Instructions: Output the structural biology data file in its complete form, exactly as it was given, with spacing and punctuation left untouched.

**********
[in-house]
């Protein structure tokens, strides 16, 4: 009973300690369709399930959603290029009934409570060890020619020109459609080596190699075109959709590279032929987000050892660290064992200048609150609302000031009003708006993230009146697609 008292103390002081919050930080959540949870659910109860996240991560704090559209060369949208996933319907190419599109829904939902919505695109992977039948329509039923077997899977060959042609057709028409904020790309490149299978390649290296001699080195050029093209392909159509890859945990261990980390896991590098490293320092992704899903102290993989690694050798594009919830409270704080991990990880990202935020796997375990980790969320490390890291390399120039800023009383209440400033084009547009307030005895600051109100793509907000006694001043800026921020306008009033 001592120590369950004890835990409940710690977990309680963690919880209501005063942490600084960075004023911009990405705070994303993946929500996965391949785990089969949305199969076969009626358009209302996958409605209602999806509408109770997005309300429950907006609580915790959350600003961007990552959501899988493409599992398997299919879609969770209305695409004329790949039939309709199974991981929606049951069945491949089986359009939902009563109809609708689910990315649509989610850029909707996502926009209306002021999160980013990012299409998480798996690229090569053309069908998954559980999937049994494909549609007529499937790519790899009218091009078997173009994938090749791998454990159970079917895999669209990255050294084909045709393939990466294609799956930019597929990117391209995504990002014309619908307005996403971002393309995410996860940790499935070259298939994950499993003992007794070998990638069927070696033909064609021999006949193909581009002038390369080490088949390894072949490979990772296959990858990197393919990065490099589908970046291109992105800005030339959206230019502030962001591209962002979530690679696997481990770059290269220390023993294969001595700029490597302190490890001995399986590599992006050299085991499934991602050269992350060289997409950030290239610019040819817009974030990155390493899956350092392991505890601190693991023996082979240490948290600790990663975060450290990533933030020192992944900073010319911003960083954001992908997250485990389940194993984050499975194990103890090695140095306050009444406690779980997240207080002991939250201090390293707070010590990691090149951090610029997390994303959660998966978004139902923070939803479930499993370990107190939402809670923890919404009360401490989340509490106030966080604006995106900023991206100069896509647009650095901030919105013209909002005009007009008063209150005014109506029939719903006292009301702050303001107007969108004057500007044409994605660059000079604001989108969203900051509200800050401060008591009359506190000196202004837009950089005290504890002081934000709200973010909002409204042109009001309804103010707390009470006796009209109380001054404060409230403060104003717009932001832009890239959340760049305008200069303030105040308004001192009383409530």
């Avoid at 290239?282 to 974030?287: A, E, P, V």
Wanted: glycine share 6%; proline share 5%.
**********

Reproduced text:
[in-house]
């Protein structure tokens, strides 16, 4: 009973300690369709399930959603290029009934409570060890020619020109459609080596190699075109959709590279032929987000050892660290064992200048609150609302000031009003708006993230009146697609 008292103390002081919050930080959540949870659910109860996240991560704090559209060369949208996933319907190419599109829904939902919505695109992977039948329509039923077997899977060959042609057709028409904020790309490149299978390649290296001699080195050029093209392909159509890859945990261990980390896991590098490293320092992704899903102290993989690694050798594009919830409270704080991990990880990202935020796997375990980790969320490390890291390399120039800023009383209440400033084009547009307030005895600051109100793509907000006694001043800026921020306008009033 001592120590369950004890835990409940710690977990309680963690919880209501005063942490600084960075004023911009990405705070994303993946929500996965391949785990089969949305199969076969009626358009209302996958409605209602999806509408109770997005309300429950907006609580915790959350600003961007990552959501899988493409599992398997299919879609969770209305695409004329790949039939309709199974991981929606049951069945491949089986359009939902009563109809609708689910990315649509989610850029909707996502926009209306002021999160980013990012299409998480798996690229090569053309069908998954559980999937049994494909549609007529499937790519790899009218091009078997173009994938090749791998454990159970079917895999669209990255050294084909045709393939990466294609799956930019597929990117391209995504990002014309619908307005996403971002393309995410996860940790499935070259298939994950499993003992007794070998990638069927070696033909064609021999006949193909581009002038390369080490088949390894072949490979990772296959990858990197393919990065490099589908970046291109992105800005030339959206230019502030962001591209962002979530690679696997481990770059290269220390023993294969001595700029490597302190490890001995399986590599992006050299085991499934991602050269992350060289997409950030290239610019040819817009974030990155390493899956350092392991505890601190693991023996082979240490948290600790990663975060450290990533933030020192992944900073010319911003960083954001992908997250485990389940194993984050499975194990103890090695140095306050009444406690779980997240207080002991939250201090390293707070010590990691090149951090610029997390994303959660998966978004139902923070939803479930499993370990107190939402809670923890919404009360401490989340509490106030966080604006995106900023991206100069896509647009650095901030919105013209909002005009007009008063209150005014109506029939719903006292009301702050303001107007969108004057500007044409994605660059000079604001989108969203900051509200800050401060008591009359506190000196202004837009950089005290504890002081934000709200973010909002409204042109009001309804103010707390009470006796009209109380001054404060409230403060104003717009932001832009890239959340760049305008200069303030105040308004001192009383409530």
């Avoid at 290239?282 to 974030?287: A, E, P, V």
Wanted: glycine share 6%; proline share 5%.